The Frogs on the Mountain

At the edge of still water
a leopard frog’s eyes
crack the glassy reflection
of trees leaning over the pond
with a dark circle floating
in each golden iris
and green on the loose-fitting skin
that follows the contour of bone
from the skull
to the spring at the base
of the back. Where there’s one,
there’s another, and more
on the wet plane of light
spanned across amber shallows
pressed into the earth. Each in turn
breaks camouflage to shine
a moment before a leap
unfolds from the long legs
that stretch out and trail
in the air for the second
preceding the sound
of coming down
onto and into the cool
semi-dark as the rings on the surface
spread wide and dissolve.
And the last thing we see
is the slippery cushion of flesh
spanned firmly between
ridges on the right side
and the left, and those
between that ripple through
from muscle like lines
in the structure of a hand
clenched into a fist inside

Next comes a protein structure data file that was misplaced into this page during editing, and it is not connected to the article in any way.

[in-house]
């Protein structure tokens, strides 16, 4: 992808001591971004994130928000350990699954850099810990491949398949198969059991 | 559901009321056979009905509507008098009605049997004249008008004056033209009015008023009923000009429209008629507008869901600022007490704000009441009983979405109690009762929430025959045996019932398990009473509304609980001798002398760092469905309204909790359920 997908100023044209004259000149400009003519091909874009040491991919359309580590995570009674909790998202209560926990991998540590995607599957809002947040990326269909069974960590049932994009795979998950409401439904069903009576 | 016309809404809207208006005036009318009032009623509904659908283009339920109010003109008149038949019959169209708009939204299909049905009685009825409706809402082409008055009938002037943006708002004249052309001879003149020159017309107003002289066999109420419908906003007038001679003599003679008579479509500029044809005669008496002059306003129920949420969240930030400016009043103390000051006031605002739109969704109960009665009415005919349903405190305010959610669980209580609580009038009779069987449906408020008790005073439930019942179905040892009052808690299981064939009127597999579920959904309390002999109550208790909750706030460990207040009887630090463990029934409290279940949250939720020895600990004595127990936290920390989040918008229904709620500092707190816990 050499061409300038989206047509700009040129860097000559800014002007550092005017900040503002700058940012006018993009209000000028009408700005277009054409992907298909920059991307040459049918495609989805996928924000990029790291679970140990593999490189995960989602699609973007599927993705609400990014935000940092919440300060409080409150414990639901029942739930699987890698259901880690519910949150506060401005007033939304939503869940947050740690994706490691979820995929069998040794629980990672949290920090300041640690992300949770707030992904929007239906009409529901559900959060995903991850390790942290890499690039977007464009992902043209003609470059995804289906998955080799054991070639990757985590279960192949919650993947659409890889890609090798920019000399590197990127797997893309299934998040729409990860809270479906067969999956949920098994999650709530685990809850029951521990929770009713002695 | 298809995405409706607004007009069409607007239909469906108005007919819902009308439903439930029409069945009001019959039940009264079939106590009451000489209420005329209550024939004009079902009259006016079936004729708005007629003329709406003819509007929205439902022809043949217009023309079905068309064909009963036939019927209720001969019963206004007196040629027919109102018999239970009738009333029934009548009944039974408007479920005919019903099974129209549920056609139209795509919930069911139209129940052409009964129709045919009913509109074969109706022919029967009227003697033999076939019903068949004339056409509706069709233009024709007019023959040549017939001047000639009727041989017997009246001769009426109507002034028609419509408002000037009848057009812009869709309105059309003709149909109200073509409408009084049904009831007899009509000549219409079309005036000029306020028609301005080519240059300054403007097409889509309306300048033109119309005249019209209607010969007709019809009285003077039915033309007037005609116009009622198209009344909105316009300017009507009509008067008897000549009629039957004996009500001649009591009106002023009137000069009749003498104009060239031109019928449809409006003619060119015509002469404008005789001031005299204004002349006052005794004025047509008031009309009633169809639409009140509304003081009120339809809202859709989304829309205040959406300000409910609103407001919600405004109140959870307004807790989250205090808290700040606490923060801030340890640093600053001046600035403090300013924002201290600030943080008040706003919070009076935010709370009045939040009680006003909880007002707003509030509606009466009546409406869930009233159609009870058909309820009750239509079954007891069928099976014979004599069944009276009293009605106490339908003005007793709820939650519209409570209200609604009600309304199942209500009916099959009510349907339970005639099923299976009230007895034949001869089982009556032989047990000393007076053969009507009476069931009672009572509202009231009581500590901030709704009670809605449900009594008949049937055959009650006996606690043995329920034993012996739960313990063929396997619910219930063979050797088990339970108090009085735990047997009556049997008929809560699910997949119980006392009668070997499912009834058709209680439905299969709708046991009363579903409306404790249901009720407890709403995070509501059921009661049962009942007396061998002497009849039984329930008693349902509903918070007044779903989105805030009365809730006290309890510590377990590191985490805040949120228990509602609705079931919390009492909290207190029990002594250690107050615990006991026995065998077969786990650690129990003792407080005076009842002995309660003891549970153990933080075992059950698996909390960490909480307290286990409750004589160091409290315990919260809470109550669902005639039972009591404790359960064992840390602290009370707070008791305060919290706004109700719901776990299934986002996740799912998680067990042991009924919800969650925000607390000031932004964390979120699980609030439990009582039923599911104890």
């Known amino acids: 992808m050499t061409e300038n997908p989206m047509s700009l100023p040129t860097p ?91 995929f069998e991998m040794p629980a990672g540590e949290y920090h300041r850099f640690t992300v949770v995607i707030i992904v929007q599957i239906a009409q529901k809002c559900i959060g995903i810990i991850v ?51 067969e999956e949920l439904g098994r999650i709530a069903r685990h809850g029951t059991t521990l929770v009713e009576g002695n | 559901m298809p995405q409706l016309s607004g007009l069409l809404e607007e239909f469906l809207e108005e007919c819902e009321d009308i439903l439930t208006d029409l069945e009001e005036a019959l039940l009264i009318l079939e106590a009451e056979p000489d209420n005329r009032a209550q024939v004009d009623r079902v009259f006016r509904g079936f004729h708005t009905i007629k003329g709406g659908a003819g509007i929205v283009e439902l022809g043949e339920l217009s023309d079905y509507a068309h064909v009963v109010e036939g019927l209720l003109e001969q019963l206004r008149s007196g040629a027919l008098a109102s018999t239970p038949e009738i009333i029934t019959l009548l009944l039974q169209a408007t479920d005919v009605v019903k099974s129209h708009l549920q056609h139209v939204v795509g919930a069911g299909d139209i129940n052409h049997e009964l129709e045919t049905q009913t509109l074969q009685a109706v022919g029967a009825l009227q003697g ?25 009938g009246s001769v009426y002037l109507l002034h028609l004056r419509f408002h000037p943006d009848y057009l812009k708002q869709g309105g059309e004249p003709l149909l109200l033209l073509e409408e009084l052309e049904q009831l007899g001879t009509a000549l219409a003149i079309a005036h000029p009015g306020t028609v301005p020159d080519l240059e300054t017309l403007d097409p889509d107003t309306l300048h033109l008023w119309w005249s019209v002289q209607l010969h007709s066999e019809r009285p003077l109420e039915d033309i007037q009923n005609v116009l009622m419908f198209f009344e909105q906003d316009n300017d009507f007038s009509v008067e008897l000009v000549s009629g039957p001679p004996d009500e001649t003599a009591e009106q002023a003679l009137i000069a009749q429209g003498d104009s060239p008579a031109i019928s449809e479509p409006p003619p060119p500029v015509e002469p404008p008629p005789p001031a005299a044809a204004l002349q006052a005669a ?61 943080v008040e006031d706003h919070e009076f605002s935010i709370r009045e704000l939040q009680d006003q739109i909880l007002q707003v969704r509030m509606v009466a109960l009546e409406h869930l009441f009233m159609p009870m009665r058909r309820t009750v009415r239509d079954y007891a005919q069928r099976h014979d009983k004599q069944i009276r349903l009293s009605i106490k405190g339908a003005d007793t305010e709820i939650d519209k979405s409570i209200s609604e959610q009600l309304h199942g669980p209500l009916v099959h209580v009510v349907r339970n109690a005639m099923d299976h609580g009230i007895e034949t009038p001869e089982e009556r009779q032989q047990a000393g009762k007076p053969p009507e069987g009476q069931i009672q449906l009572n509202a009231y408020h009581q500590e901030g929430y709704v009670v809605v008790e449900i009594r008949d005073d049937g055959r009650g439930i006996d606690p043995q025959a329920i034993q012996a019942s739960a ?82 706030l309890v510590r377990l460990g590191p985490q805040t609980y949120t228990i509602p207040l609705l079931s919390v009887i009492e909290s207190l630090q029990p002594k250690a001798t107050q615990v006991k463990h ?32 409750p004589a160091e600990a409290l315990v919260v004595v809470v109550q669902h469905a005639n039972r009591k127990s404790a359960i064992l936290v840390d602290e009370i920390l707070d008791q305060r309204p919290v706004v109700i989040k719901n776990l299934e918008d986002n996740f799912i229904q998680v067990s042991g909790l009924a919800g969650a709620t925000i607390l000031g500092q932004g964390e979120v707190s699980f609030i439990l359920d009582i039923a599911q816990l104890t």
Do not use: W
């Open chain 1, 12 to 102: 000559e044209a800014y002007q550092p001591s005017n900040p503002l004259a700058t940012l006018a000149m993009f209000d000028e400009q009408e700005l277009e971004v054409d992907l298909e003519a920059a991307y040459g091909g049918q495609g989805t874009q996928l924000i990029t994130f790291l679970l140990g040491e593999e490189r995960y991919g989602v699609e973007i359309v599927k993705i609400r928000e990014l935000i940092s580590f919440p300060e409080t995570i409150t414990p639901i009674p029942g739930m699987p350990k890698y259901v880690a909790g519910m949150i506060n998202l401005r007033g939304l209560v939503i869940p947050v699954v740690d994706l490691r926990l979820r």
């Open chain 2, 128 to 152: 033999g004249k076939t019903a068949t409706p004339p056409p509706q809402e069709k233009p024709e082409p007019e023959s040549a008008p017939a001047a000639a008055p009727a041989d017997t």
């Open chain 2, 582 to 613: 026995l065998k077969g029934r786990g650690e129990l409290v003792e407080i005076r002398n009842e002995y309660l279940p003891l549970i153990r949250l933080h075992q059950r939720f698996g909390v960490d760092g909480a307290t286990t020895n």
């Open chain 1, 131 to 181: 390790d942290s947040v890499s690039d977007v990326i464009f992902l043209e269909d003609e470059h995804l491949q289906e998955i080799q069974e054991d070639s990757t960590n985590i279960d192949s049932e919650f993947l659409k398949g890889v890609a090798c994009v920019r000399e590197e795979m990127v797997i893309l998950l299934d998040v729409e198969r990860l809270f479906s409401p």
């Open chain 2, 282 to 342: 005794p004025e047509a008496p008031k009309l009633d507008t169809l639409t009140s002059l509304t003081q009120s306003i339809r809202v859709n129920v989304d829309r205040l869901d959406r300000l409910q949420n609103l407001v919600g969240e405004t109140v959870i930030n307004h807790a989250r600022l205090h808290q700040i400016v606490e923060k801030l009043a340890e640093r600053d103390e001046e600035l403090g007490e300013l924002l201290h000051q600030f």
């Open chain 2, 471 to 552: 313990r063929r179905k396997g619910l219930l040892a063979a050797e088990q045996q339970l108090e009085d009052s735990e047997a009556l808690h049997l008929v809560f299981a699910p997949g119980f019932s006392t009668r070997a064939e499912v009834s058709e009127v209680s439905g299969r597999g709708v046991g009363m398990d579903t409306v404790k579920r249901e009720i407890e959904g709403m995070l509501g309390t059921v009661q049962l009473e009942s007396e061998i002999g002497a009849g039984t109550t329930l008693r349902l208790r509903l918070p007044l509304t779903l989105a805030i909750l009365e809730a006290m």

a glove with no fingers.

David Chorlton was born in Austria, grew up in England, and spent several years in Vienna before moving to Phoenix in 1978. He pursued his visual art and had several shows, as well as writing and publishing his poetry in magazines and collections, the latest of which is The Devil’s Sonata from FutureCycle Press. Although he became ever more interested in the desert and its wildlife, the shadow side of Vienna emerges in his fiction and The Taste of Fog, which was published by Rain Mountain Press.

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